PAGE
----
Well over a month after predicting the second Greek "bailout" plan was just hot air, we are not only back to square minus one but heading backward. And while the market's attention is now focused on Italy, and soon Spain and Belgium, the weakest link still is Greece, whose bankruptcy, despite all the posturing may be coming sooner than most expect. It appears that Germany is once again in the renegade drivers' seat and has reverted to its core plan of taking its chances with a Greek default, breaking away from the ECB's position, and ultimately saying let the chips fall where they may. To wit, from Market News: "Lars Feld, a member of the German government's Council of Independent Economic Advisers, on Thursday criticized the European Central Bank for blocking a restructuring of Greek debt."
A lot of time has been lost up to now "in seriously taking on a Greek debt restructuring and communicating it effectively to market participants, especially because the ECB is opposing a restructuring," Feld told German business daily Handelsblatt in an interview published on its website.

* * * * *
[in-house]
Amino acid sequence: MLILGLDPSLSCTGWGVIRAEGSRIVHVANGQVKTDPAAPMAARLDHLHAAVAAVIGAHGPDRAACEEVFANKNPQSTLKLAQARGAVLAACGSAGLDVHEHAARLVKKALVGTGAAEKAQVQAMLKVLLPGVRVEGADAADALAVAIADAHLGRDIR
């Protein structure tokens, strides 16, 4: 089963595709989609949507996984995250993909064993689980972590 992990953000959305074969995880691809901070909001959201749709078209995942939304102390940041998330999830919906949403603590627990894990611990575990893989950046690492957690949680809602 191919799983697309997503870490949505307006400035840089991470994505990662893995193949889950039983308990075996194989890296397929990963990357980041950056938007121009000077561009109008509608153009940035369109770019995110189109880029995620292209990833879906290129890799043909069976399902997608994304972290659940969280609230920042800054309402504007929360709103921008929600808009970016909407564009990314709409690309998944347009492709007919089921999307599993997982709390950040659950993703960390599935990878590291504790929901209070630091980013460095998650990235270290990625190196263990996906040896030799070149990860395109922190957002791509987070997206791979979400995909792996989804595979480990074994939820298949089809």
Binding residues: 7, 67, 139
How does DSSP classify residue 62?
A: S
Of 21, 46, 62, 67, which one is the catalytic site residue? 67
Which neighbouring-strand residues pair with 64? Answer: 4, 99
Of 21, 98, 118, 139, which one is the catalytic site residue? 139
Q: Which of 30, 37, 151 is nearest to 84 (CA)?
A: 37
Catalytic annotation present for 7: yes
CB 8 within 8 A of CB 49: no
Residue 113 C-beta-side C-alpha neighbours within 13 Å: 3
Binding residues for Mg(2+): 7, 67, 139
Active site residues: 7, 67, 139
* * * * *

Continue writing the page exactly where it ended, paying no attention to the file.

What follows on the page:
"Thus, it is time now that the ECB together with the heads of state and governments makes this best-case scenario possible," the wise man insisted in the interview.
He argued that a restructuring of Greek debt was manageable if the Greek banks and, if necessary, also other banks in the EU were supported.
We can't wait for the barrage of BS to come in response from Barroso, Von Rmpouy and all the other klepocrats who now realize it is just a matter of time before their monetary dream becomes a nightmare.